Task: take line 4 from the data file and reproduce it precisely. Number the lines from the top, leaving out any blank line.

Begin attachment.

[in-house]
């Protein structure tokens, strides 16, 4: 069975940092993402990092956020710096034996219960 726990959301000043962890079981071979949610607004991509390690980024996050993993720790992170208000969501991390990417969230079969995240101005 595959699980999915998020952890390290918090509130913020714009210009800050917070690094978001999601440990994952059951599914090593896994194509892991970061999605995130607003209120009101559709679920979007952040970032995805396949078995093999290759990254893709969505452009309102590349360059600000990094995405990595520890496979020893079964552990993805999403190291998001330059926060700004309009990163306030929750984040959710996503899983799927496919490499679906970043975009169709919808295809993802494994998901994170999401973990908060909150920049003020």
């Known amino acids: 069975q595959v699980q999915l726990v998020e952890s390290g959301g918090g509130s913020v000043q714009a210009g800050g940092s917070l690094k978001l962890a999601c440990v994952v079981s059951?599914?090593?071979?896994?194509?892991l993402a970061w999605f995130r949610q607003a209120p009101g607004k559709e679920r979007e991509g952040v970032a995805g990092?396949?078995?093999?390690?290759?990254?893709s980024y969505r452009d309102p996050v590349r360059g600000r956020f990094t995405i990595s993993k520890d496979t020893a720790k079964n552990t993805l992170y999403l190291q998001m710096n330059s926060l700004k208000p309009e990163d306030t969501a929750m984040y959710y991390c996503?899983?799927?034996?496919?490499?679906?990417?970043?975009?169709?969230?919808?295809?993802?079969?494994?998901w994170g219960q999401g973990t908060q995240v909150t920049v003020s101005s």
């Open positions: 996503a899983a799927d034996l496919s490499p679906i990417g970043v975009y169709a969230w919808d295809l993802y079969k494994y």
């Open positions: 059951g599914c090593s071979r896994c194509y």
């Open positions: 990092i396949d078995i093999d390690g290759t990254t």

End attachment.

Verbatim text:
């Open positions: 996503a899983a799927d034996l496919s490499p679906i990417g970043v975009y169709a969230w919808d295809l993802y079969k494994y």